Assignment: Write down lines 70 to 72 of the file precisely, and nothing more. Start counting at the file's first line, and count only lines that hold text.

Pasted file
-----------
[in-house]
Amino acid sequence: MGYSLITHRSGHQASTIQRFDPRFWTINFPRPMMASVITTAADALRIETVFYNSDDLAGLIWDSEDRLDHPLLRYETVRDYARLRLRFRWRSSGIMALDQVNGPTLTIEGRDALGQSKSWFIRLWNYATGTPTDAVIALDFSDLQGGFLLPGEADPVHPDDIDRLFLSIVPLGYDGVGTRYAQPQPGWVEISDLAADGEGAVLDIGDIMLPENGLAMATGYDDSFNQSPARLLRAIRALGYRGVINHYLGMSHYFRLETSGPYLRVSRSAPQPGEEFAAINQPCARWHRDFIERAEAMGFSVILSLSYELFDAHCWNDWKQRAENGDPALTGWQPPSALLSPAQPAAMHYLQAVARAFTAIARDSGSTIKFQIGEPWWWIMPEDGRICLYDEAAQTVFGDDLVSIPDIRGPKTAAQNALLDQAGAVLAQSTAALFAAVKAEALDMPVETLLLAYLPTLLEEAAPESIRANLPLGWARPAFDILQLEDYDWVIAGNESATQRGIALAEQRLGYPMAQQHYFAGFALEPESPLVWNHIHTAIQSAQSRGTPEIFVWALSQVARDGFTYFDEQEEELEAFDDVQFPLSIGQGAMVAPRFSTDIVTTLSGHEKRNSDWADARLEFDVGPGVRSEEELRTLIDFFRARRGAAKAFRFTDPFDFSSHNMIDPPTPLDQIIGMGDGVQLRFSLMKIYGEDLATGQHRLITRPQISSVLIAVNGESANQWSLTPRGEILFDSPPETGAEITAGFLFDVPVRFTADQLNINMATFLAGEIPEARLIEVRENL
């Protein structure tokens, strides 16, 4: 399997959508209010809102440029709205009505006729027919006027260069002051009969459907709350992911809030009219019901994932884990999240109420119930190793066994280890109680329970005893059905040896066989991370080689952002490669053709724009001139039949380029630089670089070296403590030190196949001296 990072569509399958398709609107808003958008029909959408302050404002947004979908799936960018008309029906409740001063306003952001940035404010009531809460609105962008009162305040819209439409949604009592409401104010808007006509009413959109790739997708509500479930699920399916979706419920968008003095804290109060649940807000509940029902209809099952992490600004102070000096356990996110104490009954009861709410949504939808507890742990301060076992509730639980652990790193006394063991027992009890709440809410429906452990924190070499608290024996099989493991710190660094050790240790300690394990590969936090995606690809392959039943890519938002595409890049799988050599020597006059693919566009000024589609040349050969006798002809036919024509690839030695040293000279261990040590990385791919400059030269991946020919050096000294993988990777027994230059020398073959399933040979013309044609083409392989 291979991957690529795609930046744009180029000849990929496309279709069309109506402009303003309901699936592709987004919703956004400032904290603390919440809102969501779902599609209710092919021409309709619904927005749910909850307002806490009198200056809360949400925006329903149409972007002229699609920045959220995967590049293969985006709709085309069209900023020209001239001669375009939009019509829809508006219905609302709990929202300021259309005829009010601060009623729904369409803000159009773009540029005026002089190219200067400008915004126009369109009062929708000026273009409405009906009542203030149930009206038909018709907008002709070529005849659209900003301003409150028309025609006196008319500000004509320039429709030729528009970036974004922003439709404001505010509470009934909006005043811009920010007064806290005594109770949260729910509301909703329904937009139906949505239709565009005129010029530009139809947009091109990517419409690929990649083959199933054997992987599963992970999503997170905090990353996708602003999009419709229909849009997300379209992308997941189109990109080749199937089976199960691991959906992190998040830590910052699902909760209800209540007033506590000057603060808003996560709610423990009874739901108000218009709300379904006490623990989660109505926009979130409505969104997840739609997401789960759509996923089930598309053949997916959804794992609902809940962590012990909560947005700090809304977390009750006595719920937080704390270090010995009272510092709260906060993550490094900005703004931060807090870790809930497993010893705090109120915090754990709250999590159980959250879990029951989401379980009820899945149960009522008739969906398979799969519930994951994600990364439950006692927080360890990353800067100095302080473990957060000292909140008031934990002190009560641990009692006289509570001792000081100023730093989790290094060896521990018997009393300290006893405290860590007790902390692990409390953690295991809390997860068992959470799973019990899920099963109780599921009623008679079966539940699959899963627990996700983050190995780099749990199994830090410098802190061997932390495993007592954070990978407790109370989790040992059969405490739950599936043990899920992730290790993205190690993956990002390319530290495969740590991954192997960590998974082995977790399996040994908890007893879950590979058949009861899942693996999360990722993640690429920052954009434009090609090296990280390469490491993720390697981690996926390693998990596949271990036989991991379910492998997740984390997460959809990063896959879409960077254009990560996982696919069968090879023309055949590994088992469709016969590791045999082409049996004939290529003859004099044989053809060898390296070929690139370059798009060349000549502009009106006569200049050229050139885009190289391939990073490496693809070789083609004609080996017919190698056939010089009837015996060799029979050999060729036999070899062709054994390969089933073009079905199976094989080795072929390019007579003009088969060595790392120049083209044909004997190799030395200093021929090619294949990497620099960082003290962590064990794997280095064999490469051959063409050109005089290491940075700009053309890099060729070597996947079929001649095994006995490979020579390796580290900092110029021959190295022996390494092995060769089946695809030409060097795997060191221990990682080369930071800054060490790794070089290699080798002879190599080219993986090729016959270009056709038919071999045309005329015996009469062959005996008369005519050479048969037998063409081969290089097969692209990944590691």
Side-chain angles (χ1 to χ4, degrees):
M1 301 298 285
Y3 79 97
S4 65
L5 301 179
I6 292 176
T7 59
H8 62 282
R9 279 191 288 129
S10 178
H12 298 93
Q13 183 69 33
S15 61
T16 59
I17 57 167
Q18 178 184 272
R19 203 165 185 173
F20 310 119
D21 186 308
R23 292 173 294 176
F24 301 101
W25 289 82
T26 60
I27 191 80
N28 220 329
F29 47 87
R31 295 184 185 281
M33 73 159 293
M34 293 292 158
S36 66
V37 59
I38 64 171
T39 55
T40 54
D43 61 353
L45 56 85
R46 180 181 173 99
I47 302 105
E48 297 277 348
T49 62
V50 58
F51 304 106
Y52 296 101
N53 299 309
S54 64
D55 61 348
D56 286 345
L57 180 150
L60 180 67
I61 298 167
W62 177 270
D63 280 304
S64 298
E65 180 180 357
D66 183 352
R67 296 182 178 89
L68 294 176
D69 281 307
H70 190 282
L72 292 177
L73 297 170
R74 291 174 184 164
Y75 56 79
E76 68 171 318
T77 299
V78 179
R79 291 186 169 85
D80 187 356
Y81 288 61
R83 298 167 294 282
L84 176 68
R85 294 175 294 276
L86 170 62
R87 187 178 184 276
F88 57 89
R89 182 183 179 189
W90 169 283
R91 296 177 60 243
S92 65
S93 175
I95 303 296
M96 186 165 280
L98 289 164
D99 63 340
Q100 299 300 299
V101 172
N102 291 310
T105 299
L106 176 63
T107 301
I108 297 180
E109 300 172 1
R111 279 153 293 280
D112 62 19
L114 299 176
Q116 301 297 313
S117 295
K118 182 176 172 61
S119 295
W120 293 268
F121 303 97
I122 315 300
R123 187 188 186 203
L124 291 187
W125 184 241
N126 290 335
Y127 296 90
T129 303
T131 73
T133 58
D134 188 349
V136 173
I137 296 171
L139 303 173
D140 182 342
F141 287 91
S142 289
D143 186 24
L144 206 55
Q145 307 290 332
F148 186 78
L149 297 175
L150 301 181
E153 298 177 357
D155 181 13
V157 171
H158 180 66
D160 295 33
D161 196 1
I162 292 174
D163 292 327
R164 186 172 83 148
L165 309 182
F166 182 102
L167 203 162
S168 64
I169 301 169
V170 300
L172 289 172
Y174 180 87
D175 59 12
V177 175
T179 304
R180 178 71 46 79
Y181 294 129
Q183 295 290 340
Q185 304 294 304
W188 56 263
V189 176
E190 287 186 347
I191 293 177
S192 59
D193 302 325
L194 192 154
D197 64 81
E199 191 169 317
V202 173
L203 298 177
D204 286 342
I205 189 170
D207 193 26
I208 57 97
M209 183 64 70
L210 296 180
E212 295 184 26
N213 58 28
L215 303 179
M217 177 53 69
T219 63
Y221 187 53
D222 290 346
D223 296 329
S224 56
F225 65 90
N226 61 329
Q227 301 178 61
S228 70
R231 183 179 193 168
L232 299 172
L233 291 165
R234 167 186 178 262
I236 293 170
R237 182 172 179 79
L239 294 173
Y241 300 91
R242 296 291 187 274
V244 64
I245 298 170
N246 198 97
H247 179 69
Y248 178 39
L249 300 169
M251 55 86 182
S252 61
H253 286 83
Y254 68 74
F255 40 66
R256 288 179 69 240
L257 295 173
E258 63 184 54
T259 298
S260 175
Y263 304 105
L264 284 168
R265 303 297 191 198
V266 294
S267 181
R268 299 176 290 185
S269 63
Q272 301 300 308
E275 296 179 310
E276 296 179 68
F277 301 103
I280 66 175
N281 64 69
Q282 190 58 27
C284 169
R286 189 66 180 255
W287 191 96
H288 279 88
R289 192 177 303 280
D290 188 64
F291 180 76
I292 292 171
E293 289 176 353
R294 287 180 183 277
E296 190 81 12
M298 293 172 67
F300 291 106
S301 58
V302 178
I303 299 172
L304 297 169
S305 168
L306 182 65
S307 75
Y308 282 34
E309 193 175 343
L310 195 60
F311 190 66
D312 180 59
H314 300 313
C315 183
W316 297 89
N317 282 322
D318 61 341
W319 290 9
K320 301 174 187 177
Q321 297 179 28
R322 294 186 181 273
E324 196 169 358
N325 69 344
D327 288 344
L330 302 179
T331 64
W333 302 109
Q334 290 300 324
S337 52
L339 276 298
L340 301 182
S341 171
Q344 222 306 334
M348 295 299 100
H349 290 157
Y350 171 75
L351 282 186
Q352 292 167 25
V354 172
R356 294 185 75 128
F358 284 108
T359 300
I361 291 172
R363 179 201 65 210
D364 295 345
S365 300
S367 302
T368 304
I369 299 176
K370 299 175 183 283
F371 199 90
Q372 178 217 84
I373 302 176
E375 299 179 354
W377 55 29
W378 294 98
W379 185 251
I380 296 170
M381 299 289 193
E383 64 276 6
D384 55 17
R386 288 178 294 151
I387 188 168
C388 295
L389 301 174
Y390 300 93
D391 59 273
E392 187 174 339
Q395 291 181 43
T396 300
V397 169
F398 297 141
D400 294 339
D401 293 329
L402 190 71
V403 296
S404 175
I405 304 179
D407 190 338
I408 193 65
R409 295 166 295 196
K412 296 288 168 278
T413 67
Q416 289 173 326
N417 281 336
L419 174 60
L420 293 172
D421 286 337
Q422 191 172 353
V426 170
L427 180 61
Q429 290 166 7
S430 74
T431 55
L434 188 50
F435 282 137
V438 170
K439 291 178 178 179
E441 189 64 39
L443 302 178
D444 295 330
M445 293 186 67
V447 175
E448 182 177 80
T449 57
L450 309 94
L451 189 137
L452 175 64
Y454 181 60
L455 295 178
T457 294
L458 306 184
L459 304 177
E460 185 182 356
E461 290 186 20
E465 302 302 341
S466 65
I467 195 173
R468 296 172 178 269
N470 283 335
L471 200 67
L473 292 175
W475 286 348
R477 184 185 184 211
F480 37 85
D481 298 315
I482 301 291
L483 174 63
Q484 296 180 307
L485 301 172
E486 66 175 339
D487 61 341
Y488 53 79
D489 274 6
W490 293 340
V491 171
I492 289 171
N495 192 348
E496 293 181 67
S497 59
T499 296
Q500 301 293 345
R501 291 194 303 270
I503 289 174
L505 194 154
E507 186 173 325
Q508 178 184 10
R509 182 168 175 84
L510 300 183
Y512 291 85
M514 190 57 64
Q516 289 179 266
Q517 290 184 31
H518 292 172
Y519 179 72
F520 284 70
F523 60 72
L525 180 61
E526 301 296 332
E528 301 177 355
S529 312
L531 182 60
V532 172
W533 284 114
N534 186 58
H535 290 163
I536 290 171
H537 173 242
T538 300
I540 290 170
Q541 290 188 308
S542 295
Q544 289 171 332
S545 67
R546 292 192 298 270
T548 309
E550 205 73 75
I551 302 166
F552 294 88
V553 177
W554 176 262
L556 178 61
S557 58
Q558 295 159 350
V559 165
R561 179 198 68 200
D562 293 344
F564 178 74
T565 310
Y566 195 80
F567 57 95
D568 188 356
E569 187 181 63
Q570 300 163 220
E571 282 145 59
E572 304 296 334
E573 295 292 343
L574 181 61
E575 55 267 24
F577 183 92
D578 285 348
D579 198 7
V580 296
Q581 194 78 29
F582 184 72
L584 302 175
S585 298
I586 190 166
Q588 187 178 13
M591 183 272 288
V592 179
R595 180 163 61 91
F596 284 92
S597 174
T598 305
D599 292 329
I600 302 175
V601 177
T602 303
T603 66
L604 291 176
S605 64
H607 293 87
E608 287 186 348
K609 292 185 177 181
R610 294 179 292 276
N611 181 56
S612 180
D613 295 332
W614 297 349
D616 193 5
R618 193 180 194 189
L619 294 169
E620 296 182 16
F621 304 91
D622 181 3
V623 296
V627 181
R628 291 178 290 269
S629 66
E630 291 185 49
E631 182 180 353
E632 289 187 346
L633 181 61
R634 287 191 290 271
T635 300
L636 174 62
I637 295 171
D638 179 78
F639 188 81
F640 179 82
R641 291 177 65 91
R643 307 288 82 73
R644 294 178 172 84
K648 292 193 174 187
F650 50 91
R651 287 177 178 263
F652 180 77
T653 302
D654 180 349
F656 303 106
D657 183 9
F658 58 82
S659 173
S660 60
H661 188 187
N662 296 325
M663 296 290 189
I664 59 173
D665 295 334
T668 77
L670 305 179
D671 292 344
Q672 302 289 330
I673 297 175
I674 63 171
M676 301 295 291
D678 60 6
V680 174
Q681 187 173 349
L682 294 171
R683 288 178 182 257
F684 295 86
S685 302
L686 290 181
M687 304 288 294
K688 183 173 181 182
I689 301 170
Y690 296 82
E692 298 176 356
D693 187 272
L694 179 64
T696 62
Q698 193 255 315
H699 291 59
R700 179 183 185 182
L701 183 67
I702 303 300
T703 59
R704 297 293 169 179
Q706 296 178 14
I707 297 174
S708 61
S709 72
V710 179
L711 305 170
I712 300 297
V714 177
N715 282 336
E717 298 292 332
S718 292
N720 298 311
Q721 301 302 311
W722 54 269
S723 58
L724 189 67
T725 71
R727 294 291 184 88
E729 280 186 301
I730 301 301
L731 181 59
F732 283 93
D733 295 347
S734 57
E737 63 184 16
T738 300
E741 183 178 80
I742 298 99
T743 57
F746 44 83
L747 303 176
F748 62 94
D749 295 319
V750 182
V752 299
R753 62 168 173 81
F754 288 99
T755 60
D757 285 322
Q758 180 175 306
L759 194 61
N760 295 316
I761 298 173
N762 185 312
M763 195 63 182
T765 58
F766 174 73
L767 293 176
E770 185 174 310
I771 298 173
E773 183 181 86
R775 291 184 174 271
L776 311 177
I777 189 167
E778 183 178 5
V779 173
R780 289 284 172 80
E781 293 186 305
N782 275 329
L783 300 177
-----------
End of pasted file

R79 291 186 169 85
D80 187 356
Y81 288 61